Coping with credit cards

Yes, credit cards make it easier for clients to pay. But the costs add up. Use these tips to balance the fees and turn credit card use to your benefit.
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Nov 01, 2006



From a business owner's standpoint, accepting credit costs big bucks. Nearly 2 percent—or more—of each charge your clinic runs goes back to the credit card company. And this number goes up the more clients use reward cards. Somebody has to pay for the rewards, after all.

Charges now make up about 50 percent of your sales, if not more. So on that record $100,000 month you had this summer, clients paid $50,000 on credit. And at the end of the month, credit card companies garnished $1,000 (2 percent) from your bank account or about 1 percent of your total revenue.

I hate the monthly automatic deduction. But I can benefit from credit cards, too. Whether you're an owner, associate, or team member, you can use credit cards wisely and to your benefit if you're disciplined. Just remember not all cards are created equal. Research the best cards for you.

Two areas where you can score big: maximum rebates and low-interest-rate offers. Credit cards can be gimmicky, but if you're going to deal with one or more anyway, why settle? Why not get the biggest bang for your buck?

From my perspective, cash is king when it comes to rewards. I was happily banking my miles for travel and gifts when I discovered cash rewards programs. And I realized I could take the cash and buy my own airline tickets or gifts without red tape.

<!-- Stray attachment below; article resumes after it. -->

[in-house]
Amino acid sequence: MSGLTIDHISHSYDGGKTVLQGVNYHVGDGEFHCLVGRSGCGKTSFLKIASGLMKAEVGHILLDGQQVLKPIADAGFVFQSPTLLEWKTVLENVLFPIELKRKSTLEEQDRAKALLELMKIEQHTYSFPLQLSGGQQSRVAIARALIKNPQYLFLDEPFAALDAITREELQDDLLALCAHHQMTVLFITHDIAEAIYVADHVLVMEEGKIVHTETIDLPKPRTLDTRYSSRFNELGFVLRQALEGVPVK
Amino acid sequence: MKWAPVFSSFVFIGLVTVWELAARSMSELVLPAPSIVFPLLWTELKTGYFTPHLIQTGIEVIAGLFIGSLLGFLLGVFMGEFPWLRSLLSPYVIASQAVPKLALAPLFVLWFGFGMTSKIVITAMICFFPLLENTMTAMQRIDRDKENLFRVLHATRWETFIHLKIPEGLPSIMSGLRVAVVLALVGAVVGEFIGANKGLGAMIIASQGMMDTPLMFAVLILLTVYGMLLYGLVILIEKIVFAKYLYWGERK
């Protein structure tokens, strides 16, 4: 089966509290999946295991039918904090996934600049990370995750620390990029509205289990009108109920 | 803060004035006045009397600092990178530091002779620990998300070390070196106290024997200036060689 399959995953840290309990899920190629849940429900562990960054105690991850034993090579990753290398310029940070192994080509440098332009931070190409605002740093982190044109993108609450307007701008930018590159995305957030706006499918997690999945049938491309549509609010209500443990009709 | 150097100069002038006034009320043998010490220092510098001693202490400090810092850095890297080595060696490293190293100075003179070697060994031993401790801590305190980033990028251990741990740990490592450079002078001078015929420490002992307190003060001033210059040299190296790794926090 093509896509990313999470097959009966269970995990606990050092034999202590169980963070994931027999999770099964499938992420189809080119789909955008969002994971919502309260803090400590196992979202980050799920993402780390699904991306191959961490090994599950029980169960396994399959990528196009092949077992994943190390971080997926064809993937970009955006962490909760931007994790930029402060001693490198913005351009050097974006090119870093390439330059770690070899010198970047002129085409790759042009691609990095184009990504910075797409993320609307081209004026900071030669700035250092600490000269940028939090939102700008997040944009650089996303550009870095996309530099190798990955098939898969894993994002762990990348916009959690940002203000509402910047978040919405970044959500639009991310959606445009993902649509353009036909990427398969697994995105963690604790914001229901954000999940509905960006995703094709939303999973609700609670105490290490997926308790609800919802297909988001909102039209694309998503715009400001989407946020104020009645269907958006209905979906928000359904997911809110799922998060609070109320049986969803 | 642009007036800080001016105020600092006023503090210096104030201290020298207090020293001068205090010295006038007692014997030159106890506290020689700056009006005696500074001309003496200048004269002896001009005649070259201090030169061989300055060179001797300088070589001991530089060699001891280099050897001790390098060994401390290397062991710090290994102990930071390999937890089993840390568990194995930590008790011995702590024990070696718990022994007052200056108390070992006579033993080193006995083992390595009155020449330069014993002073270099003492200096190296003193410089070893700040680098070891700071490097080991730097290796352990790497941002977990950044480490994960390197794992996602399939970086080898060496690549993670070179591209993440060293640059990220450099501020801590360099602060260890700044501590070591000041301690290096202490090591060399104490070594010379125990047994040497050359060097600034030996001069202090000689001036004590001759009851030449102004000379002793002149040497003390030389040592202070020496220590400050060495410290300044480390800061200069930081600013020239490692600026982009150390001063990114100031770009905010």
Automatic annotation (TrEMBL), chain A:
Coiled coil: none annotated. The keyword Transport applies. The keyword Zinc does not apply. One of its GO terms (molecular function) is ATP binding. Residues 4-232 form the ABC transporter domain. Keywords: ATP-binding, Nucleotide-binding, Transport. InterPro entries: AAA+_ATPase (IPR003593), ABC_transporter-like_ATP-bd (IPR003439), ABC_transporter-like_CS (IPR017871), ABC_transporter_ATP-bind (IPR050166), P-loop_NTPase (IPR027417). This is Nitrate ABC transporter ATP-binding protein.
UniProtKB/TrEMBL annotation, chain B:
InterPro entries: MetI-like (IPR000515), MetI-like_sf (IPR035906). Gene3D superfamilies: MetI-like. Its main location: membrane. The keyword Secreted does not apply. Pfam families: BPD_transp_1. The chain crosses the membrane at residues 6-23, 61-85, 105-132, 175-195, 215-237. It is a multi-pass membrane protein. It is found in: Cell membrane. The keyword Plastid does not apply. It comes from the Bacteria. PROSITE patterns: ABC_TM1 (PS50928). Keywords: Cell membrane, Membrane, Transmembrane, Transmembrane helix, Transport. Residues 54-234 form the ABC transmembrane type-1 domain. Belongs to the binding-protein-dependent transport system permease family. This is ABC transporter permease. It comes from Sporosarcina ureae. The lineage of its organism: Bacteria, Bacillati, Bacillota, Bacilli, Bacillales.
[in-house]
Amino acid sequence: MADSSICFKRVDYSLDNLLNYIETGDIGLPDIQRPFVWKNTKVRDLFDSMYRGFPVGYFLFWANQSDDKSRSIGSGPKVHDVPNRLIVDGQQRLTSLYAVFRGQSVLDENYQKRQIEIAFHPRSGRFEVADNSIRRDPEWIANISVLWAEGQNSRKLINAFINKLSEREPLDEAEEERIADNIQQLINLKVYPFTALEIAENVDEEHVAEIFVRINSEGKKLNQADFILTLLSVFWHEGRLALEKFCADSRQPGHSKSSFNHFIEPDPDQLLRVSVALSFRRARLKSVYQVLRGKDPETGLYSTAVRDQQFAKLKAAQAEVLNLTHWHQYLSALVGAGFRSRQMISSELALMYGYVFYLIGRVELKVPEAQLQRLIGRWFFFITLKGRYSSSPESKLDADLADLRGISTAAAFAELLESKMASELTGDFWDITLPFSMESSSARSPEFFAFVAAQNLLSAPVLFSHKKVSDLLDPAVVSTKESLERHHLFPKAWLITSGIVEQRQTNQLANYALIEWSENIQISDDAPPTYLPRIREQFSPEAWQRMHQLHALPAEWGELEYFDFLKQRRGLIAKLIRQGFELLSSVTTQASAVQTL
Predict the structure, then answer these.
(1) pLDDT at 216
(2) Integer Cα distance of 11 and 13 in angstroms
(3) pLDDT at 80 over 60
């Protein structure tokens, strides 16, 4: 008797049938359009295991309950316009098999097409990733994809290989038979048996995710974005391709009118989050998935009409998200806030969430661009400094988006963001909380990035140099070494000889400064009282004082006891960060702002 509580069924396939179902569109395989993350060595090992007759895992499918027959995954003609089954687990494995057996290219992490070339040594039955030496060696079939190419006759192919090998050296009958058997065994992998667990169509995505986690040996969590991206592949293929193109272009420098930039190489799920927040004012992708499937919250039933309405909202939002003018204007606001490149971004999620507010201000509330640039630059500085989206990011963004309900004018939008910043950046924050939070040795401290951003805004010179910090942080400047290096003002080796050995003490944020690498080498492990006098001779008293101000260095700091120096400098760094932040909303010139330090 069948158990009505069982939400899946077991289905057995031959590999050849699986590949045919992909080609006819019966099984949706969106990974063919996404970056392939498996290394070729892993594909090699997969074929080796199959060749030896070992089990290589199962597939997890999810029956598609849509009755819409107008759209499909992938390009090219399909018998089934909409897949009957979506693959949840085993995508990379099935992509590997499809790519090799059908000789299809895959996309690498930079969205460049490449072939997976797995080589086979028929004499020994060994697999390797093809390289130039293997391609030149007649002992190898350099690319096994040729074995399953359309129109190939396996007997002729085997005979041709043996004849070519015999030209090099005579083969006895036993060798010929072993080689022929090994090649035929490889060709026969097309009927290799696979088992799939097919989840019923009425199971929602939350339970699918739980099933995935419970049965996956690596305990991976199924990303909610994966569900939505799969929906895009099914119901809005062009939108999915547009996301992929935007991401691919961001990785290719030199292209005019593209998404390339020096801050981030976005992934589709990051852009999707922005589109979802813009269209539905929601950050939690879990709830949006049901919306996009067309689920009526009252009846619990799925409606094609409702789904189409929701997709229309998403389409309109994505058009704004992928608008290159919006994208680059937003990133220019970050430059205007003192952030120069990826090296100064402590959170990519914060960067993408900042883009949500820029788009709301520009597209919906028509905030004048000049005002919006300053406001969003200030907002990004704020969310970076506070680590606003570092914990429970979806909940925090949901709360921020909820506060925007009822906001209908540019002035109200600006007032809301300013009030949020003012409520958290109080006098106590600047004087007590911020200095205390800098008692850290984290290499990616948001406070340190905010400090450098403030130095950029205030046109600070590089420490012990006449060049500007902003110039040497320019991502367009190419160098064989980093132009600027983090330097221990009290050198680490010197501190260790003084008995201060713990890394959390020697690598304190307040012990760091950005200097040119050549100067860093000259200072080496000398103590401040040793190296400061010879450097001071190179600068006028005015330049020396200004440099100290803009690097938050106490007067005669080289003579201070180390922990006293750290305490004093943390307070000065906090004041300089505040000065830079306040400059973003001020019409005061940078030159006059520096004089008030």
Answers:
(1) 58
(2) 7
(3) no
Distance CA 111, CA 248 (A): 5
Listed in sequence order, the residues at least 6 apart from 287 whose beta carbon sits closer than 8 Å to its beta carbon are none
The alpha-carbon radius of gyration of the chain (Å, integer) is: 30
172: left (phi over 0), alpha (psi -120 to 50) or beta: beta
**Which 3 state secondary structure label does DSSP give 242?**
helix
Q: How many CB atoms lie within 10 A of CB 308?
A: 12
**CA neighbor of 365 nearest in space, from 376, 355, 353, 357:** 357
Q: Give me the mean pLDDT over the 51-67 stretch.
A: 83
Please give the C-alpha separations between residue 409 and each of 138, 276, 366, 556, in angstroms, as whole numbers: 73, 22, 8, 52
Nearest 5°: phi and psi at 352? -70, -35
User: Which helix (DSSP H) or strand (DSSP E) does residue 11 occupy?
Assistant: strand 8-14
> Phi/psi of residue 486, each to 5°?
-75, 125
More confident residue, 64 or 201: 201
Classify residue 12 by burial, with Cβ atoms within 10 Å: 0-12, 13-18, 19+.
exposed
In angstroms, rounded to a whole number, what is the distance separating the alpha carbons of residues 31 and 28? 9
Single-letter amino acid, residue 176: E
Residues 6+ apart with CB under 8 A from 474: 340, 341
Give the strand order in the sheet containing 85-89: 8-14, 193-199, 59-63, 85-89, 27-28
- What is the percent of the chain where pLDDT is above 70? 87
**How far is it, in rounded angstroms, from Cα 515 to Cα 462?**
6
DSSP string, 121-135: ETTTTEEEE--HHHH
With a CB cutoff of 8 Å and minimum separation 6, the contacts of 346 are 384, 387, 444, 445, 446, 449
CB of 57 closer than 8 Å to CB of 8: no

You can also get low-interest-rate offers for balance transfers or purchases for six to 12 months or longer. If you trade in a higher interest option, that's good news. The real deal here is finding the balance transfer that's low and locks in at a low rate for the life of the balance. For example, I've saved a lot of money trading in $40,000 of an 8 percent practice loan for a locked-in balance transfer at 1.99 percent, good for the life of the balance.


Dr. Jeff Rothstein
Practice owners, I'd charge just about everything you can on a credit card—even if you hate credit cards. The charges should earn you at least a 1 percent rebate. If you're charging $5,000, $10,000, or $20,000 per month, those rebates act almost like added income. You're spending the money anyway, right? You might as well get rewarded for it.

Veterinary Economics Editorial Advisory Board member Dr. Jeff Rothstein, MBA, is the president of The Progressive Pet Animal Hospitals and Management Group in Michigan.